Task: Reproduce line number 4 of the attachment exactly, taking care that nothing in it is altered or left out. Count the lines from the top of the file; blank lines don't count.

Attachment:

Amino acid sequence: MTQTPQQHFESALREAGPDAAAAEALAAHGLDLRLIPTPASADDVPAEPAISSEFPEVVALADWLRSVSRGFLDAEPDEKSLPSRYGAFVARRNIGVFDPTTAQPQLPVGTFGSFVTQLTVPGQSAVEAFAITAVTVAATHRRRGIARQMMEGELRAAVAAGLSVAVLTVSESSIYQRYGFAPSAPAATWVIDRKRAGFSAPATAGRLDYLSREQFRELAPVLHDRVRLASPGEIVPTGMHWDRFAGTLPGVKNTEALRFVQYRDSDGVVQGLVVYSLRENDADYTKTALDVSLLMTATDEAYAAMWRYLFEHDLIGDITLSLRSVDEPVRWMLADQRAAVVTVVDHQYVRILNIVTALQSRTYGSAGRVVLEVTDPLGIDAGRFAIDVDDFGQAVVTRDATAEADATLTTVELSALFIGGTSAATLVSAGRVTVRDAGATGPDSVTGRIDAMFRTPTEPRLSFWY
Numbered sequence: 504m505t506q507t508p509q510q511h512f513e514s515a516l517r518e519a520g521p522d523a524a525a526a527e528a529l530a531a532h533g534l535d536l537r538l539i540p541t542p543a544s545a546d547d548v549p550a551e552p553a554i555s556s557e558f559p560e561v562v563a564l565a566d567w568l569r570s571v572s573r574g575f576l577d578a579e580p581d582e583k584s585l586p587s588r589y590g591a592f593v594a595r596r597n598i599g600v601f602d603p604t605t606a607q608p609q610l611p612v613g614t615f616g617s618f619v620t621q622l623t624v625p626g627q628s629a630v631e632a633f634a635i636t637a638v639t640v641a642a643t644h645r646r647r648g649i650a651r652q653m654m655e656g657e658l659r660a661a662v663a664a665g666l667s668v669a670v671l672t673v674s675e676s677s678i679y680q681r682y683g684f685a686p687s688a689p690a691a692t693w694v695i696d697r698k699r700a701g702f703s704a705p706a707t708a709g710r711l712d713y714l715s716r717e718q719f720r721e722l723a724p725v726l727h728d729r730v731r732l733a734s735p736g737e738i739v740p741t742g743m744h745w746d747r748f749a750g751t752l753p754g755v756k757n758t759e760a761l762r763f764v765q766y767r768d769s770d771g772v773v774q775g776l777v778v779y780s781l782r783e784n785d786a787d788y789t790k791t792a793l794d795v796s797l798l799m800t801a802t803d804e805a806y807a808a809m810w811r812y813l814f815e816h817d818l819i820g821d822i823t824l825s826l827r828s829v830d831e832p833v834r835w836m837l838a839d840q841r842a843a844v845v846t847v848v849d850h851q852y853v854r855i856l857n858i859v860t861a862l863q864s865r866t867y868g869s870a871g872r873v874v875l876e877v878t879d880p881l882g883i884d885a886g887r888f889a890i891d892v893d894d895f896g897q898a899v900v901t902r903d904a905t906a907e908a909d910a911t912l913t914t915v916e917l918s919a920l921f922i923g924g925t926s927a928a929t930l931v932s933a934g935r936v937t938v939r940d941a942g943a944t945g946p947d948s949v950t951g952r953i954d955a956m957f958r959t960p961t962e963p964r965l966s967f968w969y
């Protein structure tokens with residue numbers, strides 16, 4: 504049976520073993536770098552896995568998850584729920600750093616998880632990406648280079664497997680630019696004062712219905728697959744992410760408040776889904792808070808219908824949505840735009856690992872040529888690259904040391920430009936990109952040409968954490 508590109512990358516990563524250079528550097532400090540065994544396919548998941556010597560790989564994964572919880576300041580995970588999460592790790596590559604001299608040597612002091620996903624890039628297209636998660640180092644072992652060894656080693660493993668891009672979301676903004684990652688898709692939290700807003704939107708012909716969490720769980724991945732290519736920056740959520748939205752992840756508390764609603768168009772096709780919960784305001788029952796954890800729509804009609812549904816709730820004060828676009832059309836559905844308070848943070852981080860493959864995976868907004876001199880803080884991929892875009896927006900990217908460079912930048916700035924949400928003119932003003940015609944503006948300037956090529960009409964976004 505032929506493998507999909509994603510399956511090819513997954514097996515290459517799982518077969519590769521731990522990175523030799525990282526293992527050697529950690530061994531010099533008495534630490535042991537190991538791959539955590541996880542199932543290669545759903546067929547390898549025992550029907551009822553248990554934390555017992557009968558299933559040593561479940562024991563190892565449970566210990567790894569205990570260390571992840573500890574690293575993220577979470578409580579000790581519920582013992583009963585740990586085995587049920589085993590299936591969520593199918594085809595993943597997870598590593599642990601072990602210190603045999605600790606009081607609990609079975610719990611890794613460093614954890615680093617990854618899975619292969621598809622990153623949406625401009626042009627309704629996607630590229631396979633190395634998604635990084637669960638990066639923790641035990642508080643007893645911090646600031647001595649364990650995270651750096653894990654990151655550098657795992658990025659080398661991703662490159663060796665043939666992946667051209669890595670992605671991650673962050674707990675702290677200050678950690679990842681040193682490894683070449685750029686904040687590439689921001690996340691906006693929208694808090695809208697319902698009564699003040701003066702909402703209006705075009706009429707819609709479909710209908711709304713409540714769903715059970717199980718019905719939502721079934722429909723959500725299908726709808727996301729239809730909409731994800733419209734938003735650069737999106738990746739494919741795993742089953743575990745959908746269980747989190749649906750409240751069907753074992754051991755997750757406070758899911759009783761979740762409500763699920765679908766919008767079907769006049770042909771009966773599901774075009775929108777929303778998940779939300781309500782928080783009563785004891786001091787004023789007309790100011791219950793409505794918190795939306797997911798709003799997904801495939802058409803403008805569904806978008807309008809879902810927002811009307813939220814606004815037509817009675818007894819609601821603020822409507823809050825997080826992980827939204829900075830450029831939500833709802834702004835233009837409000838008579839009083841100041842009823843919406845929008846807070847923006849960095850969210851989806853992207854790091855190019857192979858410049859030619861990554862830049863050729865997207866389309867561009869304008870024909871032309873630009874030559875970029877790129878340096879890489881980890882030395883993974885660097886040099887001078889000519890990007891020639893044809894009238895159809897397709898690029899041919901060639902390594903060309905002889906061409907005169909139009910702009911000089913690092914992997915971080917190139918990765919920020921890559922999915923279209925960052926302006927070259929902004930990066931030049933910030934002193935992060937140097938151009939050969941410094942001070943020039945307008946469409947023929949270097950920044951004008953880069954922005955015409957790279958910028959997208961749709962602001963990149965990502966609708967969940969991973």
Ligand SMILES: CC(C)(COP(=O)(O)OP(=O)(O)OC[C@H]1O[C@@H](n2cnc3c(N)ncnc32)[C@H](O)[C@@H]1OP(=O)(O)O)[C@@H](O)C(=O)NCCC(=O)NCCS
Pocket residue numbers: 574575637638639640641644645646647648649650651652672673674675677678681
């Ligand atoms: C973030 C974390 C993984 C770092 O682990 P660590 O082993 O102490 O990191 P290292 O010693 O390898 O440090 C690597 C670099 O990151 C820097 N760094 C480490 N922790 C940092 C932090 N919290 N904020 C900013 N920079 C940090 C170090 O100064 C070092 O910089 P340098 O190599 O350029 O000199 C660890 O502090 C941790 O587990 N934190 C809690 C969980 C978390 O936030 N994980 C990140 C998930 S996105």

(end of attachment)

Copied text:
Ligand SMILES: CC(C)(COP(=O)(O)OP(=O)(O)OC[C@H]1O[C@@H](n2cnc3c(N)ncnc32)[C@H](O)[C@@H]1OP(=O)(O)O)[C@@H](O)C(=O)NCCC(=O)NCCS